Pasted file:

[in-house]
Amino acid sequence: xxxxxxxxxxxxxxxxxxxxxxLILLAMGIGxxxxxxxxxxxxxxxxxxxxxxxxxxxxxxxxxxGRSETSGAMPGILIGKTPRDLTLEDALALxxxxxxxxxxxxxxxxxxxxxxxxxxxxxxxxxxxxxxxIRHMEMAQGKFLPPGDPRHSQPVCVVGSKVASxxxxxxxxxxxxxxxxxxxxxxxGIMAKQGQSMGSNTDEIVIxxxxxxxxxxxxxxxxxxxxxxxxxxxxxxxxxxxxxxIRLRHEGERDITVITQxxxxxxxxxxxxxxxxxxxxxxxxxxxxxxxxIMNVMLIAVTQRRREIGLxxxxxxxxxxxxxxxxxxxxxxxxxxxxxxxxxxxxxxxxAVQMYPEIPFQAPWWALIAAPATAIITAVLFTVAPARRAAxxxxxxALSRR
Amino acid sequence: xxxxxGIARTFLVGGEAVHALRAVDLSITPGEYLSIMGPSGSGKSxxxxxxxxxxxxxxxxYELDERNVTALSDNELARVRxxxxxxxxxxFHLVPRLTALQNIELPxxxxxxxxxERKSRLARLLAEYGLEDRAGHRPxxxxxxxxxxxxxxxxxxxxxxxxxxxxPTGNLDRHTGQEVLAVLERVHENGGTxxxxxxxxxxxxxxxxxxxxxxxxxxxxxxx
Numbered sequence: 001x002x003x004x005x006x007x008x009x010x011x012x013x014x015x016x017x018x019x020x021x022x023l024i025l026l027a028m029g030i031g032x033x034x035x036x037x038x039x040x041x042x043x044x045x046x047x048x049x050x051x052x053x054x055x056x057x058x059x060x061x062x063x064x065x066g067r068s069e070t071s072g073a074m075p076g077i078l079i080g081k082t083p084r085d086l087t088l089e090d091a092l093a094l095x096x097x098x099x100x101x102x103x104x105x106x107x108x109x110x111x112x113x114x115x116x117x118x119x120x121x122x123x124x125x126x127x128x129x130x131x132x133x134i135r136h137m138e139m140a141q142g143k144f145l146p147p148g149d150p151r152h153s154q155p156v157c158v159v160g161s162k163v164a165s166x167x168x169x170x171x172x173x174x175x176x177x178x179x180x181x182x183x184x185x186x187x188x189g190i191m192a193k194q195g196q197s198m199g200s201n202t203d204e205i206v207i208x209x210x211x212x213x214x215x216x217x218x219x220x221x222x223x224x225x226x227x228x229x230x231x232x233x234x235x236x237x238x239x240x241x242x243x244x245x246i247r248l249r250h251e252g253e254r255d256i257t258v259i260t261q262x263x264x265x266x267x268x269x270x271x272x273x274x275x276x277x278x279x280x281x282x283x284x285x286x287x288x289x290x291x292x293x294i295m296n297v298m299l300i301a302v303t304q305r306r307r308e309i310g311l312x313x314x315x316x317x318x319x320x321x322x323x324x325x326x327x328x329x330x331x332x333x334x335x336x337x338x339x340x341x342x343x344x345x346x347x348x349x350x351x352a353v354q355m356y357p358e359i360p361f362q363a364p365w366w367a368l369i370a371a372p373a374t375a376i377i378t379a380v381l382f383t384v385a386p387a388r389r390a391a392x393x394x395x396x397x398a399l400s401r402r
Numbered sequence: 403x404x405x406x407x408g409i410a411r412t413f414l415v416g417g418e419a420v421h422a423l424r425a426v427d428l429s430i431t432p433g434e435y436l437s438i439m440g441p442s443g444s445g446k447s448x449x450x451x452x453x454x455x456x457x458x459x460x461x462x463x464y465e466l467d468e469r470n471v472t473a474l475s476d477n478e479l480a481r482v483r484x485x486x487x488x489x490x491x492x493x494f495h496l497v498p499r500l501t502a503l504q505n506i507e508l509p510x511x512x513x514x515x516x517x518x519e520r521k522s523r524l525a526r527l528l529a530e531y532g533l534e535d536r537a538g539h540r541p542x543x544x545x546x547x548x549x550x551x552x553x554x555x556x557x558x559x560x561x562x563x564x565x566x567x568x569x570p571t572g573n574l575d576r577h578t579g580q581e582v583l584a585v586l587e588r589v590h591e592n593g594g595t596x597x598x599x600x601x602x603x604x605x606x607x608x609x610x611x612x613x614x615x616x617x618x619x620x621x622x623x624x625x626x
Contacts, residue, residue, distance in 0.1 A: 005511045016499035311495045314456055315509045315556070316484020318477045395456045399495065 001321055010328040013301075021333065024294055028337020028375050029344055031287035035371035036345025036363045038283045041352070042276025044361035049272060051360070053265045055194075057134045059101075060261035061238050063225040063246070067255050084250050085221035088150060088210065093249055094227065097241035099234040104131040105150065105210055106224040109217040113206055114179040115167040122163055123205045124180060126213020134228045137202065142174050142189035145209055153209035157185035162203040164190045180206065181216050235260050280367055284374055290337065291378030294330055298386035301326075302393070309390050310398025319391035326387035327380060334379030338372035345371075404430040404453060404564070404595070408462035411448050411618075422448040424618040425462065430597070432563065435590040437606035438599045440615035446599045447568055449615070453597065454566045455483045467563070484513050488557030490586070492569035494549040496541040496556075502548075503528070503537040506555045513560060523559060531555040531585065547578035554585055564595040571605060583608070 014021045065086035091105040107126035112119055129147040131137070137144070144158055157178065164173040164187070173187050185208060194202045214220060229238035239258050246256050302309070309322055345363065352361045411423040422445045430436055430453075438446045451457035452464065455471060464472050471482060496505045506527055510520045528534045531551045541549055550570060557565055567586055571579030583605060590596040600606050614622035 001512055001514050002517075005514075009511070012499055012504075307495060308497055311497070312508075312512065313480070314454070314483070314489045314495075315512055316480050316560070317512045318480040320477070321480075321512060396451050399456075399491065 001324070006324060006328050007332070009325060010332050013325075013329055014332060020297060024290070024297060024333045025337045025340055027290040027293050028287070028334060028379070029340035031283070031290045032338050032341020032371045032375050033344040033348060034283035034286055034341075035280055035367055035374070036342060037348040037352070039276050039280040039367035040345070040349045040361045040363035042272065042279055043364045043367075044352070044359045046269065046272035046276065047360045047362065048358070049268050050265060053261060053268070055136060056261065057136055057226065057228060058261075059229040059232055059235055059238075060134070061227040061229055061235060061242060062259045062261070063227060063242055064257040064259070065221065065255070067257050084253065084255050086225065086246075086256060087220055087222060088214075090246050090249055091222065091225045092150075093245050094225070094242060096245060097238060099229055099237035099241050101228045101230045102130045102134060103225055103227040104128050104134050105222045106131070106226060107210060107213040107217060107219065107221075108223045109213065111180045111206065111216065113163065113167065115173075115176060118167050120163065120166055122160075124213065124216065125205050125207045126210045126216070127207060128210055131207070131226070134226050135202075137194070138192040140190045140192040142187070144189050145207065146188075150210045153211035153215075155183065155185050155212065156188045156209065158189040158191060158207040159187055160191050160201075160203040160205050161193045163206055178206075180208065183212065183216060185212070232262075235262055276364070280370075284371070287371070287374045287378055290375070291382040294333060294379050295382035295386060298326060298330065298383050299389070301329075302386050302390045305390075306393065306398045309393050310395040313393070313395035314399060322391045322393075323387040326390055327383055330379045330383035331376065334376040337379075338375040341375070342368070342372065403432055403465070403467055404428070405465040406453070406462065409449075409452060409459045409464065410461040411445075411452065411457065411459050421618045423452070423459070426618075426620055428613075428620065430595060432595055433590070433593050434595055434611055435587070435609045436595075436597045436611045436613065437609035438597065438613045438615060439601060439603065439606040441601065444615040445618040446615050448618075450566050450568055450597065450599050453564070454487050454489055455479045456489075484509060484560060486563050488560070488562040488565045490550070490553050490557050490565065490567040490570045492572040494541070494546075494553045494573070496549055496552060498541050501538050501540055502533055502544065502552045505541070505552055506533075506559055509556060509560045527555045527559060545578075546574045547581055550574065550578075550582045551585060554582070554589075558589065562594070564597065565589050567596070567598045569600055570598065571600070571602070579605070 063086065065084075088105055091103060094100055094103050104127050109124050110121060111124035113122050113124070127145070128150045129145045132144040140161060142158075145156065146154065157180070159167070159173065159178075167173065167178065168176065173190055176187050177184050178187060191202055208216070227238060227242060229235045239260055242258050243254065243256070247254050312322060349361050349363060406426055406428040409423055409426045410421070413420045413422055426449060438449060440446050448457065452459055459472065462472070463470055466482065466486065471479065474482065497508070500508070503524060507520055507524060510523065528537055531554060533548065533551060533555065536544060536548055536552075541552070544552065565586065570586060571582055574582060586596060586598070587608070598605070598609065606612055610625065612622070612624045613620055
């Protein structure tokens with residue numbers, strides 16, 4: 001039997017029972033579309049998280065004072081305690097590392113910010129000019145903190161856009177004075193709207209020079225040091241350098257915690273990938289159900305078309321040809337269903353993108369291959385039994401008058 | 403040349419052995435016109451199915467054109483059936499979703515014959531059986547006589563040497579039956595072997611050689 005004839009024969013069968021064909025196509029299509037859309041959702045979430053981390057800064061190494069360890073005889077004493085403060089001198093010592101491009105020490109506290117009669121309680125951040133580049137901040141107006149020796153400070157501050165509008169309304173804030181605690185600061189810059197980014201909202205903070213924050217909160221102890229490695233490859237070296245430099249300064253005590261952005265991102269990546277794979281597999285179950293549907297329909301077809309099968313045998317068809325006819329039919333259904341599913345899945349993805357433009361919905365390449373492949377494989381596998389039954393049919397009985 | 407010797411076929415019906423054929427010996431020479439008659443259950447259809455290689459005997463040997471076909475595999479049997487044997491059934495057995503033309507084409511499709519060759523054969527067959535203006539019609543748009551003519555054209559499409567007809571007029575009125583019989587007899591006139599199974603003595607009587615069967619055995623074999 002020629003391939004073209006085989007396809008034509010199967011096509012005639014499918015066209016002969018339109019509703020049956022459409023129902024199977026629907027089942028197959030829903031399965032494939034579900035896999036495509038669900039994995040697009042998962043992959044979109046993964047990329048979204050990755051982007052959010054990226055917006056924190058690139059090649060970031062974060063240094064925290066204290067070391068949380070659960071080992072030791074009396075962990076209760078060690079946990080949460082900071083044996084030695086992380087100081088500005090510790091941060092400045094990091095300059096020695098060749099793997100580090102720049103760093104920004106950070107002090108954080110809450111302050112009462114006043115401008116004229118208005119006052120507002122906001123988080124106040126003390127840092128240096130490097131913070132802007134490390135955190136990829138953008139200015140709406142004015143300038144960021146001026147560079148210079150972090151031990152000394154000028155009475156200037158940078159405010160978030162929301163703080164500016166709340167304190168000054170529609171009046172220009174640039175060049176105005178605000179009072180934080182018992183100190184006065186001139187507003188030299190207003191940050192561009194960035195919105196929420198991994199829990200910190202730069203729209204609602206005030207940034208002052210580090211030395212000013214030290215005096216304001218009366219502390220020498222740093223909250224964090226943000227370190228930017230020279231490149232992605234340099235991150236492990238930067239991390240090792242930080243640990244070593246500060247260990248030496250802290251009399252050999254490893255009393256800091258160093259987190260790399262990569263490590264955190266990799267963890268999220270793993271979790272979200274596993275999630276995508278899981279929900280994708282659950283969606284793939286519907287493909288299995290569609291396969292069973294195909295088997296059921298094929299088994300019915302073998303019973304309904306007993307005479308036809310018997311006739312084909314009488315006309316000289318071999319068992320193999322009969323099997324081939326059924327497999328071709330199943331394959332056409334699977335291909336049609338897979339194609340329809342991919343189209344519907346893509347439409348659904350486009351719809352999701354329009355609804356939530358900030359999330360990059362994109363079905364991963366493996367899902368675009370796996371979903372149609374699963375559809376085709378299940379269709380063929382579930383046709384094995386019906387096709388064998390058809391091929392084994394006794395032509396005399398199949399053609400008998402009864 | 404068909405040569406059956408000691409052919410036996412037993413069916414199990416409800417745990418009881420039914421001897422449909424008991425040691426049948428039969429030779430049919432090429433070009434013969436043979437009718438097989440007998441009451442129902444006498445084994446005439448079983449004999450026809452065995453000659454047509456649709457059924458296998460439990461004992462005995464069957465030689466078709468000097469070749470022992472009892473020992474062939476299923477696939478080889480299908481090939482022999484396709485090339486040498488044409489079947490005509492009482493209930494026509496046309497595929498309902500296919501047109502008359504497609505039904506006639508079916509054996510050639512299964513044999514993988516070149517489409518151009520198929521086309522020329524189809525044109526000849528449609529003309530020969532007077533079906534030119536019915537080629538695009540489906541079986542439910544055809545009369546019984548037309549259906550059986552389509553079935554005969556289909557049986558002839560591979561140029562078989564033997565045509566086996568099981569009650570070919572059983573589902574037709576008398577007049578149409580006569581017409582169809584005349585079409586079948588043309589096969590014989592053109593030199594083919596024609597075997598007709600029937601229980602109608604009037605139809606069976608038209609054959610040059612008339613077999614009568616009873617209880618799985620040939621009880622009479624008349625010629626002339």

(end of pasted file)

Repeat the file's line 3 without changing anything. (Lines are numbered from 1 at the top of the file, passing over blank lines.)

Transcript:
Amino acid sequence: xxxxxGIARTFLVGGEAVHALRAVDLSITPGEYLSIMGPSGSGKSxxxxxxxxxxxxxxxxYELDERNVTALSDNELARVRxxxxxxxxxxFHLVPRLTALQNIELPxxxxxxxxxERKSRLARLLAEYGLEDRAGHRPxxxxxxxxxxxxxxxxxxxxxxxxxxxxPTGNLDRHTGQEVLAVLERVHENGGTxxxxxxxxxxxxxxxxxxxxxxxxxxxxxxx